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black-eyed susans

Posted by sweetleelee 4 WI (My Page) on
Tue, Jul 6, 04 at 7:56

Hi --
We have had an usually cold summer here. I started my black-eyed susans from seed and placed them outside when they were three inches tall, the first week in June. It has been unseasonably chilly and wet, even for us. They have grown only about an additional inch and a half. Since they seed themselves, if they do not mature to flower this year, does that mean that they won't come up next year? If I start them from seed again, should I start them a lot earlier and set them out when they are taller? I admit I didn't do a lot of investigating; I just went by the seed packet instructions. Thanks for any help. Lee


Follow-Up Postings:

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RE: black-eyed susans

  • Posted by Jroot 5A Ont. Canada (My Page) on
    Tue, Jul 6, 04 at 8:54

We'll get some warm weather soon. I understand your concerns as I have some started as well and they have not grown much. I would leave them be, and see what happens. You could also start more now, and more by winter sowing to be transplanted in the spring. Check out the winter sowing forum. They are self seeders so trust in mother nature. We sometimes have to try to fool her though.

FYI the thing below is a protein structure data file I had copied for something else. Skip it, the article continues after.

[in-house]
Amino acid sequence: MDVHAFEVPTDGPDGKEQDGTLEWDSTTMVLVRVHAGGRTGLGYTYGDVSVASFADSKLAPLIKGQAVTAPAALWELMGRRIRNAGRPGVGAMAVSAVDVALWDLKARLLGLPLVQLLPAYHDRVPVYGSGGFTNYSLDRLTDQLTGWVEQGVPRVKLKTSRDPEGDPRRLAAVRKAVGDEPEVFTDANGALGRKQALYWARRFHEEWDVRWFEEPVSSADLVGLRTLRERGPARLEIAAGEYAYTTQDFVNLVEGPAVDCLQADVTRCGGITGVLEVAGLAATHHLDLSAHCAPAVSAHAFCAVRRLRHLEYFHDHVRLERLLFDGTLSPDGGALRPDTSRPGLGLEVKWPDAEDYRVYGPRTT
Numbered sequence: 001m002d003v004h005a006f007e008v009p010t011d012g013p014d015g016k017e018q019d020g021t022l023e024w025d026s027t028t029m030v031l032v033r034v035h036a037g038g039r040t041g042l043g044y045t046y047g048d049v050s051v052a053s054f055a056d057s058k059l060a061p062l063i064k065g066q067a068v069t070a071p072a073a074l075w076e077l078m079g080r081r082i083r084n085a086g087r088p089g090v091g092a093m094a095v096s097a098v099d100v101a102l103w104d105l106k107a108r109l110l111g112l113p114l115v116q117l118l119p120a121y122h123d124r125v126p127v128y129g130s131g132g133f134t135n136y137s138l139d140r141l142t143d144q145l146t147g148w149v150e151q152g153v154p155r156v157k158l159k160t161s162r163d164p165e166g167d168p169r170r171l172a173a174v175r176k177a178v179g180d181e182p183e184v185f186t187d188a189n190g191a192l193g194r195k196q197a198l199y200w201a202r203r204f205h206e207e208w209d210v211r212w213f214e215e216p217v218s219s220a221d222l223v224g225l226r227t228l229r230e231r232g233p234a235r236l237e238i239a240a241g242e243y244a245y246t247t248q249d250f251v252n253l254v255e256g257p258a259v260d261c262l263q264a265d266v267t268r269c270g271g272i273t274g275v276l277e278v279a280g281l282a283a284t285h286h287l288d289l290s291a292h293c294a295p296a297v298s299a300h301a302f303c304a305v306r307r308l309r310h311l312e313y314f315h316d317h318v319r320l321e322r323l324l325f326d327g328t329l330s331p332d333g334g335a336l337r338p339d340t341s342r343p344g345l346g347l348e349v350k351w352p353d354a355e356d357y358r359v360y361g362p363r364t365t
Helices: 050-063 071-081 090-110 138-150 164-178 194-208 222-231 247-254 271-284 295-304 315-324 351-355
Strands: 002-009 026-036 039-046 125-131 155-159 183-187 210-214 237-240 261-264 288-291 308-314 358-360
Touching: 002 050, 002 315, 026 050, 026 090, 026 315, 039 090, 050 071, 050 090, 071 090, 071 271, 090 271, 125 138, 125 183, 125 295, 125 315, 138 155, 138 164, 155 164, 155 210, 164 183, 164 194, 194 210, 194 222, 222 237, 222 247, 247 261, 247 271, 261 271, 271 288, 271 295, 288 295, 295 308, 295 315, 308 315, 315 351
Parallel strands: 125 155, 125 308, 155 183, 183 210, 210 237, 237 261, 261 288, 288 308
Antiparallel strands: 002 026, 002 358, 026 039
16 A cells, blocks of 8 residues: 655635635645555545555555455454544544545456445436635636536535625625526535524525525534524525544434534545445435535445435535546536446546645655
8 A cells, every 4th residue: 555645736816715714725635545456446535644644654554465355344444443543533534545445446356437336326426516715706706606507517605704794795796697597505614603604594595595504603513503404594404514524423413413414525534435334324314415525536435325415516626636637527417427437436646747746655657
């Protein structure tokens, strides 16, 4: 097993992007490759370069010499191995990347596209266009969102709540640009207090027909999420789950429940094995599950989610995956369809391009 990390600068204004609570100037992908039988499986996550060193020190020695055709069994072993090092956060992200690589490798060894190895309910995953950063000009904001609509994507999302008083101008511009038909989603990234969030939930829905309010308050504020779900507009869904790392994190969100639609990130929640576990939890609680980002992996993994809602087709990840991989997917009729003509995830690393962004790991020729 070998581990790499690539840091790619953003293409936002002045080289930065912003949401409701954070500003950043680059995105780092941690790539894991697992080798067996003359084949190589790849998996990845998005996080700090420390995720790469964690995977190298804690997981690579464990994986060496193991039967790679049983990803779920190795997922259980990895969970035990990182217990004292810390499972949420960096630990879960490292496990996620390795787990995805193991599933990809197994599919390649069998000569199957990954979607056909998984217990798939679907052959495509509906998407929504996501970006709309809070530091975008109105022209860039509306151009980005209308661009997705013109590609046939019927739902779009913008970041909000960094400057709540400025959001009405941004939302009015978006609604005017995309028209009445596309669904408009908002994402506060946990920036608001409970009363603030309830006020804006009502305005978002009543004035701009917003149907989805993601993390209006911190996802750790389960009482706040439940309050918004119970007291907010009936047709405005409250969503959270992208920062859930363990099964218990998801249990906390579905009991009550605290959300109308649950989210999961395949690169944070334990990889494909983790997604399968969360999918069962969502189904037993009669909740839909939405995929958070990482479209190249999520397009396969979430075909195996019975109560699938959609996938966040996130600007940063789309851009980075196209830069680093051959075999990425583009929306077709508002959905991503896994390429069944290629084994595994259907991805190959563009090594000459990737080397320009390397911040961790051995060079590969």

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RE: black-eyed susans

Are they the perrenial or annual variety?

-Audric


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RE: black-eyed susans

Ordinary, standard black-eyed susans are usually perennials and just keep getting bigger and bigger every year. I didn't know there were annual ones.


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RE: black-eyed susans

Wow! Lee, I really admire your determination to be a gardener under what sound like pretty difficult conditions. You call it guerilla gardening, we call it "extreme gardening", you know, like extreme sports or whatever. We are in Ottawa, Canada. July 17 - it was 28 degrees - sorry, that's Celsius, so high 80s Farenheit to you. I hope your Black Eyed Susans are doing better now. Mine are lovely and some are those great big ones that have maroon in the centre. Do you grow Achillea, Alchemilla (aka Ladies' Mantle) Astilbe, Campanulas, Centaureas, Columbine, Coneflower, Coralbells, Daylilies, Dicentra (aka Bleeding Heart) Geranium (the perennial plant, not the houseplant) Hostas, Jacob's ladder, Lily of the vally, Lychnis (or rose campion) Monarda, Nepeta or catmint, Peonies, Phlox, Sage (the perennial ones), Sedums, Valerian, Verbascum, Veronica, Violets, Yucca? All of these are very, very cold tolerant.

Best of luck to you!


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RE: black-eyed susans

  • Posted by Ptuny zone 3mb (My Page) on
    Sun, Jul 18, 04 at 0:49

I have a perinnial garden. Absolutely everything in it, I've started from seed.
I have found that with perinnials, the first year you may get some blooms, but next year you will be amazed at the show!
Mark each new plant with a small stake, so you will know next year that you have something growing that is not a weed! (I learnt that the hard way!)
Happy gardening, I live in the Parklands of Manitoba, and whatever grows in my garden has to be tough!
~~P'tuny


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